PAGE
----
The TSM October launch signified our 10th year of flying with a great turnout for the final launch of the 2009 season. The fields were a bit soggy, but 2009 was a good year for launches, only the first launch in April was canceled due to poor weather. Looking at the weather on Friday with lots of snow coming down, it seemed like the Saturday launch would be scrubbed, however, the reports in the morning looked conducive to pull of one last launch for 2009!
Mark tried in vain to certify level one with his great looking Loc Cyclotron. We caught just the tail of it flying on a sparky motor. It flew a total of 3 times on various H motors, but all attempts resulted in recovery issues from chute separation to body separation. Hopefully its not time to throw in the towel on the Cyclotron and we will see it in the Spring.
Paul had the Big Ezi flying on a Mojave Green J500 to match its color scheme. Armed with a rocket hunter onboard, Paul found the Ezi south of the range after a nice flight.
His and her rockets made it to the pads as Matt had his Pegasus II and Meagan had her Bat Crazy out for flights. Matt flew the Pegasus on a I255 and Meagan flew the Bat on a G64. Meagan's flight seemed to go very high and found its way in the corn. Even with a difficult recover in the corn, I think Meagan got the best of the flights since Matts parachute did not fully deploy - letís see if Matt can take some pointers from Meagan :-)
Dennis had the litl Blue Nuke and his Arreaux out for October flights. Both rockets had nice flights with easy recoveries - good Job!
Scott had Cally's Star back to the range, flying on a K135 to 5,400ft. Scott claims it was held together with tape and we might have to take his word since the airframe separated and both halves came in towards the east of the range. Recovery showed only 1 fin damaged, that looked to be repaired - lets hope to see Cally's Star back again!
Gary had a Russian looking rocket called the V-75 Dvina/Sa2 Guideline, a neat looking bird with tons of fins. The Dvina had a little wiggle off the pad, but came in nice towards the east.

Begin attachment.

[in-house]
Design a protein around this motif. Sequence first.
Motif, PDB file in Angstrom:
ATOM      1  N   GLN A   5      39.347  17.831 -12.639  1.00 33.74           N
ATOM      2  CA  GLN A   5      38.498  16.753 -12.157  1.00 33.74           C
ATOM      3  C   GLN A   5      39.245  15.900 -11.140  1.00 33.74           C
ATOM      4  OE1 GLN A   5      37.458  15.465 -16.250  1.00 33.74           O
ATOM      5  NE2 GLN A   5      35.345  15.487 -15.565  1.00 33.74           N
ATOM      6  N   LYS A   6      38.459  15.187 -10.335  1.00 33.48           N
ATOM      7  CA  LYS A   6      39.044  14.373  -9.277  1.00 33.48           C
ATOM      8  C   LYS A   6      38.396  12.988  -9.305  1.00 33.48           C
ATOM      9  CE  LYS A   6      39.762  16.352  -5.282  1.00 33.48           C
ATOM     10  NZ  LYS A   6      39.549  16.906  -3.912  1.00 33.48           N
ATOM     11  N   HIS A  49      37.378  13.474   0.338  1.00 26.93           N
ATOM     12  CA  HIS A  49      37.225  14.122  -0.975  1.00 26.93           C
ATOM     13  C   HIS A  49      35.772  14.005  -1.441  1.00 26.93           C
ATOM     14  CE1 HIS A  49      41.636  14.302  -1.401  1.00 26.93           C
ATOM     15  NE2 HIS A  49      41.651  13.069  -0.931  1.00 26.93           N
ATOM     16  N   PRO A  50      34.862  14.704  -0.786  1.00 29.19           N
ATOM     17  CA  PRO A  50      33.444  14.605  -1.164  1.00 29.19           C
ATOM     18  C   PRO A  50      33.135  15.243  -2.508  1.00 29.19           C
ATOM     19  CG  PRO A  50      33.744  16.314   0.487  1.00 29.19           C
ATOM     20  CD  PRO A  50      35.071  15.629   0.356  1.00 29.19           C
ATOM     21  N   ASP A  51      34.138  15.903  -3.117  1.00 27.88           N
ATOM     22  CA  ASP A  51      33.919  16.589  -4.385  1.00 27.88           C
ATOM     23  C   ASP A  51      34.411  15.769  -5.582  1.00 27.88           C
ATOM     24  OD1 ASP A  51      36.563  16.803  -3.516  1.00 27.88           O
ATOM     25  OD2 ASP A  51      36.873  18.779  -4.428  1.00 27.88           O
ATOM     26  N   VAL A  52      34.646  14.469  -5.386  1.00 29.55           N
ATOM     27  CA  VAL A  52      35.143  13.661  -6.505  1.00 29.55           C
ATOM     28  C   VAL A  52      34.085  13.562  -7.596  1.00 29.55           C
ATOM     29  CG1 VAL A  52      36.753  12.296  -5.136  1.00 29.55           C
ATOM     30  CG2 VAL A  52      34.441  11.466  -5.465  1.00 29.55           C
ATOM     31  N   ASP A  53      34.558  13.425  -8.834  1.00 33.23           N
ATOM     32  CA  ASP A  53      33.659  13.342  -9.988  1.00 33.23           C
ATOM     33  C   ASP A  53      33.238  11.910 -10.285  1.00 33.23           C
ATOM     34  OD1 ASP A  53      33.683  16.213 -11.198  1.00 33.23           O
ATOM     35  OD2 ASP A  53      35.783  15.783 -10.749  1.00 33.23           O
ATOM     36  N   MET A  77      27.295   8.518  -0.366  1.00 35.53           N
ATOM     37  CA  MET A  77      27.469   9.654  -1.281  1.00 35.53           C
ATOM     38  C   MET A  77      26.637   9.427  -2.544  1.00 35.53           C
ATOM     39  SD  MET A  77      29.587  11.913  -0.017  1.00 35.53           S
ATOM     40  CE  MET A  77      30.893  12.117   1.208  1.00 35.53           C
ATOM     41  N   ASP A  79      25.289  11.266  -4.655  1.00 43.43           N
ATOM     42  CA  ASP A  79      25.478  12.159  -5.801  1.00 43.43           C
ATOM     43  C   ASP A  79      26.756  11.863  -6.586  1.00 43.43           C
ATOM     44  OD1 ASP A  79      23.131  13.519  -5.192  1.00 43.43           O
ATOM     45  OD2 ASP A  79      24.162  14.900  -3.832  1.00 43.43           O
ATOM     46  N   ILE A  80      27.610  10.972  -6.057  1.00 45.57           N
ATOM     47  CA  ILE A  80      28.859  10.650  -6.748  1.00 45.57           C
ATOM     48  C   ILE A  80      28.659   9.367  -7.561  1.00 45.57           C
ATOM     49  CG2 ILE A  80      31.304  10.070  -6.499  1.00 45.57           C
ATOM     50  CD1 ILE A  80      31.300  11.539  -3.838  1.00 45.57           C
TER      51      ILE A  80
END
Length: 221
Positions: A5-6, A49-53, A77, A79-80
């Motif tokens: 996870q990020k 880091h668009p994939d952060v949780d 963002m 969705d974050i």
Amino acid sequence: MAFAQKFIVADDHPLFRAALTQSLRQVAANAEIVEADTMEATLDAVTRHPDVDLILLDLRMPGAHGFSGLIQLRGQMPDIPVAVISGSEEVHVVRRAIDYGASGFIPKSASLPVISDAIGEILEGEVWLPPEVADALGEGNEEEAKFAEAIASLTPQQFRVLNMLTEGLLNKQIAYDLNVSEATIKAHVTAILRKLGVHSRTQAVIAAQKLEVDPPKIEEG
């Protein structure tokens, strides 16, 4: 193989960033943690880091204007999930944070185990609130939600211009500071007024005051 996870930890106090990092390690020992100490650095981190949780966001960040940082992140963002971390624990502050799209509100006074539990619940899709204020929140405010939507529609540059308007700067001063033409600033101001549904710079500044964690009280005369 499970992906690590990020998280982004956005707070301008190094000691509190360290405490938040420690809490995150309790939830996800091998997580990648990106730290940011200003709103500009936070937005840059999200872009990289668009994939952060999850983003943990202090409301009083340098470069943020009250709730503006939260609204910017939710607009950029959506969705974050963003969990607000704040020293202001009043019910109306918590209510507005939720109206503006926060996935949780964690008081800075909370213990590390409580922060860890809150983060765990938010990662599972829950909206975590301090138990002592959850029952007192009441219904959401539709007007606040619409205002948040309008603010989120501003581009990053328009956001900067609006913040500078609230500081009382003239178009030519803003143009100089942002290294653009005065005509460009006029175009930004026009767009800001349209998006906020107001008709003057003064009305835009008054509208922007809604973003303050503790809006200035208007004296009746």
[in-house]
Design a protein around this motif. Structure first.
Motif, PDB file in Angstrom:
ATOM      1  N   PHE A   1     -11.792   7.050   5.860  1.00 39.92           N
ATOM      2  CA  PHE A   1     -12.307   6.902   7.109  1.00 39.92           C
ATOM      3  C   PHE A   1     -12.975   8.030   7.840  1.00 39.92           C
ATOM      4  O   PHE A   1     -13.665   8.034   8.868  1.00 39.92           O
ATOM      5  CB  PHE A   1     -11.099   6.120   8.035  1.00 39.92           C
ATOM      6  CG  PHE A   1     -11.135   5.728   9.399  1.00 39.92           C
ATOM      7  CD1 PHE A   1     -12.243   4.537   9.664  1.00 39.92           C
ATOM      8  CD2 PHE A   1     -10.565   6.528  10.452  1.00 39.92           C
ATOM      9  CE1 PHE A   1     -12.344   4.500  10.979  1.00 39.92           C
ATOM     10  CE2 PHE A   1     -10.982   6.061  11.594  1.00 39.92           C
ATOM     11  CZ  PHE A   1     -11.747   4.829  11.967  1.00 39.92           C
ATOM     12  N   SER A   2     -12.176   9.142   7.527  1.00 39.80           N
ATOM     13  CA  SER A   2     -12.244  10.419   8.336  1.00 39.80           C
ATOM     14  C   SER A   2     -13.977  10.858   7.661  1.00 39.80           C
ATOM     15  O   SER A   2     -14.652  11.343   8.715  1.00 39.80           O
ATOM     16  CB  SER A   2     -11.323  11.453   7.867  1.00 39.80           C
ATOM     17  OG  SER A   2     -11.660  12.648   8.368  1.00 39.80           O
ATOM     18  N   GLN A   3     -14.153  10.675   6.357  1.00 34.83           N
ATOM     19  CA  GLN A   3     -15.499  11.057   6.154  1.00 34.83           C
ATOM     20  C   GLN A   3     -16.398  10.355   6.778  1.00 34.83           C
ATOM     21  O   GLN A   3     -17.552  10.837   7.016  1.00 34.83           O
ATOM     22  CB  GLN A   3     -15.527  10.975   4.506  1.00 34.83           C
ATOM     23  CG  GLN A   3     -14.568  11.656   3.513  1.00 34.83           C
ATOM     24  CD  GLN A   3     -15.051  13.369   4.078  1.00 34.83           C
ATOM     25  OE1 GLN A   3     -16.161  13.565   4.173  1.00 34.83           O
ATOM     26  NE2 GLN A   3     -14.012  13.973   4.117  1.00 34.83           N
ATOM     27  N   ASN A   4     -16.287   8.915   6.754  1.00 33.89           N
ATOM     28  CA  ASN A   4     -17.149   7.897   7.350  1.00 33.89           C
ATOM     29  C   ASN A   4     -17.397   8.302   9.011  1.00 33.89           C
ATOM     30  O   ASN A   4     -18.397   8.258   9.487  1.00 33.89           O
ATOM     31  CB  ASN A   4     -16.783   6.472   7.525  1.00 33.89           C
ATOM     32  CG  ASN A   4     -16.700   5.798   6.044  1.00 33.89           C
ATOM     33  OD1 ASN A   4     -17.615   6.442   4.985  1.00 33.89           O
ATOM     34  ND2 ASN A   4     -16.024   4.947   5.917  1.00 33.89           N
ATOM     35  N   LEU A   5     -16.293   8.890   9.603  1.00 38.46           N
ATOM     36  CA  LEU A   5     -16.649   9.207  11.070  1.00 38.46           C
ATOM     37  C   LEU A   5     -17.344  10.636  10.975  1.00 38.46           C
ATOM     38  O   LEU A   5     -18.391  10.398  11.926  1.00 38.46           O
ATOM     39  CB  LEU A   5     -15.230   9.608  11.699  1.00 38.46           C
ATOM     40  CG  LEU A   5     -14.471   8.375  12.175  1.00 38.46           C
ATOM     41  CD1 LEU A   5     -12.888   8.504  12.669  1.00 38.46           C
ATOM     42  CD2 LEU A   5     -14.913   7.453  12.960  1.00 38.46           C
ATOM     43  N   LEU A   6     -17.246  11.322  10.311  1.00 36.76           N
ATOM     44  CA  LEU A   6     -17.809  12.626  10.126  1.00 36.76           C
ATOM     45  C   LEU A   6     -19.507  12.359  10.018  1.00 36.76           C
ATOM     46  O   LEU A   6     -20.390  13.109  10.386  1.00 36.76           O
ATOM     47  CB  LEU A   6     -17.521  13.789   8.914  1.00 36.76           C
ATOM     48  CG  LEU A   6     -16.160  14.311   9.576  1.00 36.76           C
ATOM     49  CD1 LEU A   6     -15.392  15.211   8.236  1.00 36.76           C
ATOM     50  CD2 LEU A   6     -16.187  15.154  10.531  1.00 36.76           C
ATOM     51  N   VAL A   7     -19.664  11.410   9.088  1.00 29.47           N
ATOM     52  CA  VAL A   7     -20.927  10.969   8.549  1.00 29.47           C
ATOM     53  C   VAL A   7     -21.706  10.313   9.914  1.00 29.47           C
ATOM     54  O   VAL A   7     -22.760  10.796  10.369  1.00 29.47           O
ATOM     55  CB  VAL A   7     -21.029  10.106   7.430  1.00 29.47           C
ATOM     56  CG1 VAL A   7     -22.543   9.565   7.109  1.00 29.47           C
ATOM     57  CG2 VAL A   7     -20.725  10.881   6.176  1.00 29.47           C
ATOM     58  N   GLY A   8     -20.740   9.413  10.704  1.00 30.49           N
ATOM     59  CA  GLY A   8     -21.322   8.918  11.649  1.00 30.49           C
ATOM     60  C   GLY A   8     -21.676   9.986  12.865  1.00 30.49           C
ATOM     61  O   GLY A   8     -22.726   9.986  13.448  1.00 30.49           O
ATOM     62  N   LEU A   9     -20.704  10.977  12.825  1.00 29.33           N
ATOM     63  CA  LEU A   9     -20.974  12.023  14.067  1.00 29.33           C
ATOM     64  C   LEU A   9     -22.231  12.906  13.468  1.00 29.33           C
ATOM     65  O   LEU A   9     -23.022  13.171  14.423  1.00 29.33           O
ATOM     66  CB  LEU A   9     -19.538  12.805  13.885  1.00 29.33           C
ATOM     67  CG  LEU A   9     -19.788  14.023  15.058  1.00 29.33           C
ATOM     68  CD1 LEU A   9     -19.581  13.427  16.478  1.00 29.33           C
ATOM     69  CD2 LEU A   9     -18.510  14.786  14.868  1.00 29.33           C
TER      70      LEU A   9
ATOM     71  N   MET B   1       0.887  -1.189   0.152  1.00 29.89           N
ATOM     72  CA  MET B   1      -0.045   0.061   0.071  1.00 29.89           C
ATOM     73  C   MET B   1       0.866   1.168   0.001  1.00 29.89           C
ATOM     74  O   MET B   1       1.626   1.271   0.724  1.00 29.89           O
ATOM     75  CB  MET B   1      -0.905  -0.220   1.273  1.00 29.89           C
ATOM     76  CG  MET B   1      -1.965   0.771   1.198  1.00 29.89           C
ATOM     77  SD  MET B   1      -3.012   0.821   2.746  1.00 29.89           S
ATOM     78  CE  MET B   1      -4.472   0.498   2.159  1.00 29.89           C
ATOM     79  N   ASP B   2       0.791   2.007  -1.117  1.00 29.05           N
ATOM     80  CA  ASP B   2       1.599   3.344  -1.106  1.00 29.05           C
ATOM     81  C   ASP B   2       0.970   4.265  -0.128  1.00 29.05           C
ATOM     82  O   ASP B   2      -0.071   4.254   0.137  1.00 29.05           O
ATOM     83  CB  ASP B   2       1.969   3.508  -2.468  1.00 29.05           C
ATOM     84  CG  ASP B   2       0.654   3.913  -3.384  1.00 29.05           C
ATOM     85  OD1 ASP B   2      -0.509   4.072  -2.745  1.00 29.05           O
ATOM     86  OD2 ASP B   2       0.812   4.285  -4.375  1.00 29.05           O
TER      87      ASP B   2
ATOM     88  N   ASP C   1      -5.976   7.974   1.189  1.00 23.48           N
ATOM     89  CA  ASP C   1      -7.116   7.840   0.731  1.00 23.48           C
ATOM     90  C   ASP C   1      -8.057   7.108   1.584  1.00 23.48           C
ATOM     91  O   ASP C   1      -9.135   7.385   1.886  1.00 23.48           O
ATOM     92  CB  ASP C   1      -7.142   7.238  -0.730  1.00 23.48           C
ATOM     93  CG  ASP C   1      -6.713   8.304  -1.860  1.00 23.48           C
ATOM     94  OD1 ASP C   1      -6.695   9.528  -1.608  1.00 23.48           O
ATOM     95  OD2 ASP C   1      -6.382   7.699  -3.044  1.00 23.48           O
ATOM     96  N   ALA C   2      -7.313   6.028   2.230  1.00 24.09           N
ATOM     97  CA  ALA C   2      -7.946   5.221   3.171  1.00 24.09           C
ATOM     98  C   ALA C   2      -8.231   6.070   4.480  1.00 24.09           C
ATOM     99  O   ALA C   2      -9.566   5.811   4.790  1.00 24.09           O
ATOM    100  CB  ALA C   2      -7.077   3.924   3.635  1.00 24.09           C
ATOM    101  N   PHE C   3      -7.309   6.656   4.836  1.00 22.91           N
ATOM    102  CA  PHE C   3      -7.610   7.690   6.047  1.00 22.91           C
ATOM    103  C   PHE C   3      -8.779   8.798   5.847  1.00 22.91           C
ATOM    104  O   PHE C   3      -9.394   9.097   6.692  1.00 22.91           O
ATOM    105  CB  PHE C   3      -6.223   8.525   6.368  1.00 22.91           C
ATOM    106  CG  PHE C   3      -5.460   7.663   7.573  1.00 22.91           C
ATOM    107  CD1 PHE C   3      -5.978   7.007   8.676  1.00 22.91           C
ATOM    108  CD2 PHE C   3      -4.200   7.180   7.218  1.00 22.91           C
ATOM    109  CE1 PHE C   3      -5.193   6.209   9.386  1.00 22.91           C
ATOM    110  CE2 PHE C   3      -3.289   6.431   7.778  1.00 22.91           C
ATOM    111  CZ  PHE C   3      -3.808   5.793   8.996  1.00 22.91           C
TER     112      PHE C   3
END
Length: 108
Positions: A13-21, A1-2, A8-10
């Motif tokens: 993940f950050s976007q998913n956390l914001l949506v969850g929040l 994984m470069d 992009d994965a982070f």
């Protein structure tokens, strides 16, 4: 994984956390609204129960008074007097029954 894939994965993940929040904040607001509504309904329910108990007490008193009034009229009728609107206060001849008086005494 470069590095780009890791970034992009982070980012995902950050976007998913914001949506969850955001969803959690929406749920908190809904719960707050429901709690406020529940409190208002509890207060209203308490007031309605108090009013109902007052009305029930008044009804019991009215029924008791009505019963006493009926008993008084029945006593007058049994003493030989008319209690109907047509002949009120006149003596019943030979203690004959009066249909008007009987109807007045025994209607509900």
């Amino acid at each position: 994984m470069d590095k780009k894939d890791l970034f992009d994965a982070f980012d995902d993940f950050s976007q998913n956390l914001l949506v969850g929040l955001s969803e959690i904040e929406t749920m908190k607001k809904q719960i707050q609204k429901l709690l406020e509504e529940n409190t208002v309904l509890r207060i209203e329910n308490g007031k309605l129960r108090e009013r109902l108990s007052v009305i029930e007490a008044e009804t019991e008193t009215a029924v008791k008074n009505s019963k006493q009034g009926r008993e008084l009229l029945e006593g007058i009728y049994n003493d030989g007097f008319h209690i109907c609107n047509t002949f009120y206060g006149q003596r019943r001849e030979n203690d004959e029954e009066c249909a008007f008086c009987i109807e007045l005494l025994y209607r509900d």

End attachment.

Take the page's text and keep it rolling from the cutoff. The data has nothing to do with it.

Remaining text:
Tom had the Crayon of Death out to the fields of Maple Island. Strangely the crayon went out to the pad with a simulated Carbon Fiber paint scheme, but, by time it was launched it somehow did a crayola box shift and was pink! The new crayon flew on a G76 and found itself with an easy recovery west of the range with a snappy streamer.
Buster McThunderstick had a very cool LOC IV that had been lost over 2 years in the corn. Remarkably, it made it back to the range to fly on a I300 blue thunder. The flight was awesome with a great landing east of the range.
Craig K. had the Mantis out for one last flight this season, flying a J350 to an expected altitude of 3000 feet. The Mantis looked good in flight but had a slightly late deployment. Craig's comments: 'Great colors for juicy black dirt!' Craig flew Packer Graphics again with a telltale knippelerian angle for a good flight up to 1500ft on a G64.
Criag N. had an 'Executioner' at the launch weighting in at a mere 7oz flying on a G77 redline for its inaugural launch. Its a testament to low weight as it went very very high and landed to the east.
Andy, Alex, and Scott had a Performance Gizmo out to the range, flying a I215 redline. It was slow off the pad (caught in this blurry picture) but it wound up being a very nice flight.
Arjay tried valiantly to certify level 1 on his Caliber flying on an H-128. The Caliber found its way into the corn and required a posse of searchers to recover it late in the day, inspection found that the Caliber was damaged and we hope to see a successful certification in the spring.
Bill took home the maximum altitude as we barely got his Extreme Wildman off on a L850 before our high altitude waiver ended. The rocket was expected to reach 11,000 feet eventually was found via the onboard tracker.
Jerry had a nice flight with his Sandhawk on a G64 white lightning. The chute got torn but everything looks like she'll fly again.
Willie flew his Blue Thunder on a F42 after some igniter issues; everything went fine once she got into the skies.
Larry took home a level 1 certification flying a great looking bird that appeared to be mostly carbon fiber. His black rocket had camouflage for the wet dirt in the fields at Maple Island, but by days end the papers were signed on a successful certification. Good Job and thanks for everyone's help with the October Launch!